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The Limits of a Coalition Without AIPAC

The Obama administration is still in full-court-press mode on the ratification of the New START treaty, still hoping to get a vote during the lame duck congressional session. The treaty has broadbased support in the U.S. and abroad, and passage is a top priority for President Obama, but a conservative minority opposing it is digging in its heels — with the support of the American Israel Political Action Committee.

Attempts to pressure AIPAC to lobby in favor of the ratification of the nuclear arms reduction treaty between the U.S. and Russia have hit a brick wall and gotten some pushback from the right wing of the Jewish community. The Emergency Committee for Israel took aim at Senators Chuck Schumer of New York and Carl Levin of Michigan, who wrote a letter asking AIPAC to support START. “We’ve rarely seen Senators stoop to this kind of public bullying,” ECI chairman William Kristol wrote.

On the other end of the political map, some liberal-leaning Jewish groups have voiced their support, joining the National Jewish Democratic Committee and the Anti-Defamation League that had led the way on this issue. J Street wrote to House members asking them to sign on to a congressional letter urging their colleagues in the Senate to ratify the treaty. Rabbi David Saperstein, head of the Religious Action Center of Reform Judaism, sent his own letter to senators asking them to ratify the New START treaty for a “safer America and a safer world,” and the Jewish Council for Public Affairs also sent senators another letter making the case for approving the treaty.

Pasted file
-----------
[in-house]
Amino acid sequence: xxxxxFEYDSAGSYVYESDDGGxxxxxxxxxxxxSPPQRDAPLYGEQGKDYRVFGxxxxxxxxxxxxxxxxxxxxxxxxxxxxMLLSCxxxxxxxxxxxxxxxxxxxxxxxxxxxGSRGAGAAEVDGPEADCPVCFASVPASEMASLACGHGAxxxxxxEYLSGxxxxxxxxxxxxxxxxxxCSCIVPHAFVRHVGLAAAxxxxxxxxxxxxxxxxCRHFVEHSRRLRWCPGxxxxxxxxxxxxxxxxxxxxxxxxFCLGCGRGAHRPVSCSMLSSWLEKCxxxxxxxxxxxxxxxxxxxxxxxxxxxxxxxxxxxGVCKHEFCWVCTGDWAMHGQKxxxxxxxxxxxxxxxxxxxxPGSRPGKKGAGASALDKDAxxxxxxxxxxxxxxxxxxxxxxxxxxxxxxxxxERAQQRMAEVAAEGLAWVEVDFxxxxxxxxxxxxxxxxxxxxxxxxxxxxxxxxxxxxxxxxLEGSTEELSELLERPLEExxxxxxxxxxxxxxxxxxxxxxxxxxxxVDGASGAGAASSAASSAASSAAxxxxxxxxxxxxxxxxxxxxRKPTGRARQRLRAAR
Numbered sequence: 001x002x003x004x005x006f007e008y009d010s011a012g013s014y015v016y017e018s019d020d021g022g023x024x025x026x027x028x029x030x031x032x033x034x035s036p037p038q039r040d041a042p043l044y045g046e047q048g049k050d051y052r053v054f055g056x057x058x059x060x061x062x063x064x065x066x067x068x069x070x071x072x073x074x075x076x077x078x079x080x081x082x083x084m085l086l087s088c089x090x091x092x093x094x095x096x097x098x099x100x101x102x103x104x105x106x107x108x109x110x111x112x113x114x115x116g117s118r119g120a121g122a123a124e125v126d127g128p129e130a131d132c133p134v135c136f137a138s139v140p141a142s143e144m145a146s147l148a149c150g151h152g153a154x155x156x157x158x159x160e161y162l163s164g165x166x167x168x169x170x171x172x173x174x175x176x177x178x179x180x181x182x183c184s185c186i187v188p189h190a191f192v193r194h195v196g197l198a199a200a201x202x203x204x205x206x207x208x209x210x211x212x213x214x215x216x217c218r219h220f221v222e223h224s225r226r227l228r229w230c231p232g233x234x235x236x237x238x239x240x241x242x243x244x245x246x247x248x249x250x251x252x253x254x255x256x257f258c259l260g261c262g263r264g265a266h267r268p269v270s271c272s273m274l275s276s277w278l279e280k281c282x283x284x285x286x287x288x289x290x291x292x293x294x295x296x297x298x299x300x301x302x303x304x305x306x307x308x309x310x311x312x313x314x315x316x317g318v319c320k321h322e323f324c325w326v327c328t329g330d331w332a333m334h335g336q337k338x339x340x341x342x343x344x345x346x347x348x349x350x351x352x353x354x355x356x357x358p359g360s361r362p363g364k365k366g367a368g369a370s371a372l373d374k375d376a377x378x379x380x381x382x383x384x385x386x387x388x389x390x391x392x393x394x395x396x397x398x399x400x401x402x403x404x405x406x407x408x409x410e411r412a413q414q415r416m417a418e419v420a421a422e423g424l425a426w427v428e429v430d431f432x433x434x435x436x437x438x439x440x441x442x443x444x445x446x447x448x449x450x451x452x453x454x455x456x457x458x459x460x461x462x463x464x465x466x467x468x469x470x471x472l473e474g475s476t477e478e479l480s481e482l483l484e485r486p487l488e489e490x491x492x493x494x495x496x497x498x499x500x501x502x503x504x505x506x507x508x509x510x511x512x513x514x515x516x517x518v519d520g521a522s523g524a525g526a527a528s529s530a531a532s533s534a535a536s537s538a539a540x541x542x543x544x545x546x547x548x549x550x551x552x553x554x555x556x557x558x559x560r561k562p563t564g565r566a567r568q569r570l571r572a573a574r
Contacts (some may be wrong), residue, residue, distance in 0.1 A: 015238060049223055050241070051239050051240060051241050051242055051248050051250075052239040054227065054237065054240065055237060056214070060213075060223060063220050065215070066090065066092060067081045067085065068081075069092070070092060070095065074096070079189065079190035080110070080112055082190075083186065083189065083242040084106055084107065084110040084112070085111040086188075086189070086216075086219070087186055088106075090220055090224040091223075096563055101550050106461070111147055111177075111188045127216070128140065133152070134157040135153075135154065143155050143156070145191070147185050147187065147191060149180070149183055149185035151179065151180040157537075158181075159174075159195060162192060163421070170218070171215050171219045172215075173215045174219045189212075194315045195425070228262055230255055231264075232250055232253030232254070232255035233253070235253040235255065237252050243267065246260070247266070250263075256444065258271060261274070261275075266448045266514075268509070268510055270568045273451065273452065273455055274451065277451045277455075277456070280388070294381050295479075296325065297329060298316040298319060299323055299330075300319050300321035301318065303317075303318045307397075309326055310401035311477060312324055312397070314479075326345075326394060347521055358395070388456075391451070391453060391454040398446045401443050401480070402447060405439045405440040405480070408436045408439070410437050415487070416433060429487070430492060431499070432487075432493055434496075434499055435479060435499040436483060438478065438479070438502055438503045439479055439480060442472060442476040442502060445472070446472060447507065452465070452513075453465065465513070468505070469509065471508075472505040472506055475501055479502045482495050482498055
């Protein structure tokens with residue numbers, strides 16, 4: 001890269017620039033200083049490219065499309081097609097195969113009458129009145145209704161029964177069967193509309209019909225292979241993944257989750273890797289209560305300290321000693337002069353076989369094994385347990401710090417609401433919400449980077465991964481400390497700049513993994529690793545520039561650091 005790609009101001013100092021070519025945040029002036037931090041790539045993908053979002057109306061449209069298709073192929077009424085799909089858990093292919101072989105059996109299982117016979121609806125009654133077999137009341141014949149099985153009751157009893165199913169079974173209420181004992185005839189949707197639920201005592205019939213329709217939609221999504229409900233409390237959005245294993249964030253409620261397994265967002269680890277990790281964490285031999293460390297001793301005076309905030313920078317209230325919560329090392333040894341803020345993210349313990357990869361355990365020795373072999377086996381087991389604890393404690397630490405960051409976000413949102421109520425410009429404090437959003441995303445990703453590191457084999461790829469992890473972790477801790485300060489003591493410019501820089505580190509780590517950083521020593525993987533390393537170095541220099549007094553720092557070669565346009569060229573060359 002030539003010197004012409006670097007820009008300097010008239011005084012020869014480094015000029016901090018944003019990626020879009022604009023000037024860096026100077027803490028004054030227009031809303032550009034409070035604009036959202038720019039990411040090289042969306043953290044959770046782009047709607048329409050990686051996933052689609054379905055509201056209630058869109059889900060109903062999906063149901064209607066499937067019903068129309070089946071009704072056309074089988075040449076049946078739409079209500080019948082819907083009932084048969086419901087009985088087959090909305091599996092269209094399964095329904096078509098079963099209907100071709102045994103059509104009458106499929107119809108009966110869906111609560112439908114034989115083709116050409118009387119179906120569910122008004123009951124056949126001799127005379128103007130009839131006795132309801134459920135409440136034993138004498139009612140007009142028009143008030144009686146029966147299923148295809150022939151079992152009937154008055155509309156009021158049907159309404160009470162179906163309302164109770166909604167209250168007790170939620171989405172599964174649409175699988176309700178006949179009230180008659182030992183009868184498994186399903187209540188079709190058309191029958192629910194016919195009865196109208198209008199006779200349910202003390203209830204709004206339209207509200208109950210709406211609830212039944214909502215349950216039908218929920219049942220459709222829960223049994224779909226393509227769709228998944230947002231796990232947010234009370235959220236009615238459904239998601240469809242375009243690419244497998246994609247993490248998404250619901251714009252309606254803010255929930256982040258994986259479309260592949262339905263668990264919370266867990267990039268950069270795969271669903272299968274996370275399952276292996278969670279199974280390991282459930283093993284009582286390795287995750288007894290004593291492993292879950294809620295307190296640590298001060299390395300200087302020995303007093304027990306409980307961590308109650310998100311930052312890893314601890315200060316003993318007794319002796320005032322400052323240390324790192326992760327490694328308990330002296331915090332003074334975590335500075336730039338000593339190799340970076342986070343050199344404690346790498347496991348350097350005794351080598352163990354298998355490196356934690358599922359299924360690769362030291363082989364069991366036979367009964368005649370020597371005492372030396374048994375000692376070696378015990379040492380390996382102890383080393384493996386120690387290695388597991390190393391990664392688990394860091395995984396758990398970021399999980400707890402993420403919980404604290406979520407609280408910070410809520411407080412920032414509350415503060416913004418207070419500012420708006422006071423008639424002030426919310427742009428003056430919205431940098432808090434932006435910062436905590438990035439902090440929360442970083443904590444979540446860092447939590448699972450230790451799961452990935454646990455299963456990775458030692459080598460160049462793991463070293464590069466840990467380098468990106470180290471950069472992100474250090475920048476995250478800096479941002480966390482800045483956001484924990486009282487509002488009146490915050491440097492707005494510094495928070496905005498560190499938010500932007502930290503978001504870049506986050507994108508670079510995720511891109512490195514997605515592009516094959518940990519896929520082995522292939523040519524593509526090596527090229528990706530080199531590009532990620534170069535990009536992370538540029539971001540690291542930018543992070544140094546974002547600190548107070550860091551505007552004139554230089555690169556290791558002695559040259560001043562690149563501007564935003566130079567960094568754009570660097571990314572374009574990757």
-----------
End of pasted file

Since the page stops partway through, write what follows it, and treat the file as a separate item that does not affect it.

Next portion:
So here is where the administration’s efforts to engage the Jewish community on START stand: On the one hand, the White House and congressional Democrats were successful in creating a remarkable Jewish coalition in support of the treaty, which spans from J Street to ADL. On the other hand, without the lobbying power of AIPAC, this coalition isn’t even close to showing lawmakers what Jewish power really means.

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